Our Mission

The mission of The Helper Project is simple: To foster revitalization and beautification and promote cultural connections for the City of Helper, Utah.

Image courtesy of the Western Mining & Railroad Museum

Our Story

The Helper Project is a 501c-3 nonprofit, non-political organization.  Its mission is to foster the revitalization, and to promote the beautification and cultural enhancement of Helper, Utah.

The Helper Project was founded by Anne Morgan-Jespersen in August 2016.  Anne is a native of Utah, and as a teenager, traveled throughout Utah and Wyoming with her father staking out oil and gas claims. This experience gave Anne a strong connection to and love for Utah’s landscape and the unique history of its rural cities and towns.

After completing a Master’s Degree in Architecture and working in the profession for over thirteen years, Anne decided to devote her professional life to painting. Over a twenty-year period, she painted part time in Helper while living full-time in Salt Lake City. During those twenty years, she gained an enormous appreciation for the extraordinary history, beauty and tenacity of the people living in Helper.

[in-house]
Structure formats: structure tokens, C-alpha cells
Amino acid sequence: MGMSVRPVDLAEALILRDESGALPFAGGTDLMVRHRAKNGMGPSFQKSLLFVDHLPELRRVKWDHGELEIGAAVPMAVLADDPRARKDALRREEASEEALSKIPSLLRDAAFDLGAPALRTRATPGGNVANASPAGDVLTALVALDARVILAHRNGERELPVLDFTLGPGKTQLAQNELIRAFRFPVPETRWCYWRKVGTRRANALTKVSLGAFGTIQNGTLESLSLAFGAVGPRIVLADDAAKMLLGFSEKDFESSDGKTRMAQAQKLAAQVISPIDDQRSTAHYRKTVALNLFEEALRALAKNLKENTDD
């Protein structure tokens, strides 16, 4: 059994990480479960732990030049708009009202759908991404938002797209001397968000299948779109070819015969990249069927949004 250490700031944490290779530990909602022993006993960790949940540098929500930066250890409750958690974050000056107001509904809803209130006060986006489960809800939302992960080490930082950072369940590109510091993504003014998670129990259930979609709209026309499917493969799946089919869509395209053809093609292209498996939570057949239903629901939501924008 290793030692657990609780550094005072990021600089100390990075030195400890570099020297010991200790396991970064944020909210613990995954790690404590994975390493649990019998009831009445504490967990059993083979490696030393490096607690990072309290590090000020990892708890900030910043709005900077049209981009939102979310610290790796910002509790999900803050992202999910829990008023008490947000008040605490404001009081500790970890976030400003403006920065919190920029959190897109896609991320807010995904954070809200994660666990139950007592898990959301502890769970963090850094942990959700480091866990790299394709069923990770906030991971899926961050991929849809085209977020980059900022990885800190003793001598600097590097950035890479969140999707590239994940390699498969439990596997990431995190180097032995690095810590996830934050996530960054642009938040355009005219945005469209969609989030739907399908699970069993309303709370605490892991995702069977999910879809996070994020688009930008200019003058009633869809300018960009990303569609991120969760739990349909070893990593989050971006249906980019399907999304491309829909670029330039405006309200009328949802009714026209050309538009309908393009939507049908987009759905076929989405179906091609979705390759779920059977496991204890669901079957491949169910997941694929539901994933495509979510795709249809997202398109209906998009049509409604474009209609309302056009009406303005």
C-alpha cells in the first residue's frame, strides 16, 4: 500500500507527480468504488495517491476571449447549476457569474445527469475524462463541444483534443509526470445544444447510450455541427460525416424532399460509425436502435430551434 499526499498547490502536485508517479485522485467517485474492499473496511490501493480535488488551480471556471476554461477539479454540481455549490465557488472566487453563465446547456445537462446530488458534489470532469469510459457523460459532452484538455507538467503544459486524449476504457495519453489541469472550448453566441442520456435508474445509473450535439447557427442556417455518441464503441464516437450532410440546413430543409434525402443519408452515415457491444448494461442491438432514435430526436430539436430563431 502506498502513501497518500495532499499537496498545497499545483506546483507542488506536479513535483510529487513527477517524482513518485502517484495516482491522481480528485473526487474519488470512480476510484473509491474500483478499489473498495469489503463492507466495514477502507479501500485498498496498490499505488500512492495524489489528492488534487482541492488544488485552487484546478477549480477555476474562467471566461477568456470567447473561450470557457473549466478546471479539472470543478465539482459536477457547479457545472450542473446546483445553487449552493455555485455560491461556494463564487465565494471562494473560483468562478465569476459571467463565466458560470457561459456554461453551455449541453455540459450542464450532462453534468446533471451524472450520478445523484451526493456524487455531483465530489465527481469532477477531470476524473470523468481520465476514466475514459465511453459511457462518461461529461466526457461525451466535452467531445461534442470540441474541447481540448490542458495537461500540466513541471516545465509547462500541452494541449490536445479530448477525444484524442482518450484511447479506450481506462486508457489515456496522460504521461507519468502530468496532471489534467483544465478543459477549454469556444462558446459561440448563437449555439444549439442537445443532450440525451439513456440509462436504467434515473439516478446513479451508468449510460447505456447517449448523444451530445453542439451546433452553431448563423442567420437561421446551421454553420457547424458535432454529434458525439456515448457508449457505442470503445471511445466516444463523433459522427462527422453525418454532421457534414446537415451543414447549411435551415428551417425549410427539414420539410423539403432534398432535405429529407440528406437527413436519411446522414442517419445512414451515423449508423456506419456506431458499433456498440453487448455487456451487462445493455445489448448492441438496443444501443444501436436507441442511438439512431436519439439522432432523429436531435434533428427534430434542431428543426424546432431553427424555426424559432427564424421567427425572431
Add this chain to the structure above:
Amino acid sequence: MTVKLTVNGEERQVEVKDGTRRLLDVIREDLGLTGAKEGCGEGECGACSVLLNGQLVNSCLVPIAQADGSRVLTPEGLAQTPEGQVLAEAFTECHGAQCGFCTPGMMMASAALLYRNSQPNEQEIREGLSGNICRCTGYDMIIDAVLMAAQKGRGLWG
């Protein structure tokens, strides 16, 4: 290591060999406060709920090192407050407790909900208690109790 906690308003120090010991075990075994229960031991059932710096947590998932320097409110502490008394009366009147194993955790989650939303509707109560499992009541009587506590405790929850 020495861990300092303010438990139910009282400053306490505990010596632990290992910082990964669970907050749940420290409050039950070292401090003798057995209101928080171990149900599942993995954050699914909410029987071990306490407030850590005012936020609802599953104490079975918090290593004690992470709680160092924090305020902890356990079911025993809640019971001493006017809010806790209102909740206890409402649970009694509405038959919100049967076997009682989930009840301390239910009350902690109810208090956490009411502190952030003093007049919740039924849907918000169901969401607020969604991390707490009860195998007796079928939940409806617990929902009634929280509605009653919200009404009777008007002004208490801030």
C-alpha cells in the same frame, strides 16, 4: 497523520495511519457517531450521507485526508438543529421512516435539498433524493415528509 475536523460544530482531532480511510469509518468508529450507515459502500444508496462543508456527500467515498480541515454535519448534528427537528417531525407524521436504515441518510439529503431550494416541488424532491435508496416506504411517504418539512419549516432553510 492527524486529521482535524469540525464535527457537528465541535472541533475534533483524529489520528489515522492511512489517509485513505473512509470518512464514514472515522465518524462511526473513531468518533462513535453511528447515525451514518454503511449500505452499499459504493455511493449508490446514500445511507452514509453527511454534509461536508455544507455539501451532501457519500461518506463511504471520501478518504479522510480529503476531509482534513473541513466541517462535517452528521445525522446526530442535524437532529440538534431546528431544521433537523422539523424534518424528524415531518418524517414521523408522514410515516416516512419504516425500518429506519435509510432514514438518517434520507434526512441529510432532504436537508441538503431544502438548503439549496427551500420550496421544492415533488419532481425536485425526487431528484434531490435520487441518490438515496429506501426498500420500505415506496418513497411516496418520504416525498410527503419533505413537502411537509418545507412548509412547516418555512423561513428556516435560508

In 2015 Anne, along with her husband Roy, decided to make Helper their home. They purchased an old grocery market on Helper’s Main Street and spent a year renovating it into a gallery/living space.

It didn’t take them long to discover that, like many rural mining towns in America, Helper had felt the effects of the decline in the production of coal and oil and gas.  After brainstorming together on how to best use their skills for the benefit of the community, they decided to form The Helper Project. A governing board of community leaders, artists, and business owners was created, and The Helper Project was formalized in August 2016.

Today, The Helper Project prides itself on obtaining funds for projects that fall within the realm of the mission statement – foster revitalization, and promote beautification and cultural enhancement for the City of Helper, Utah. Over the last two years, sixteen projects along with special events and exhibitions have been completed and tens of thousands of dollars have been invested back into the community.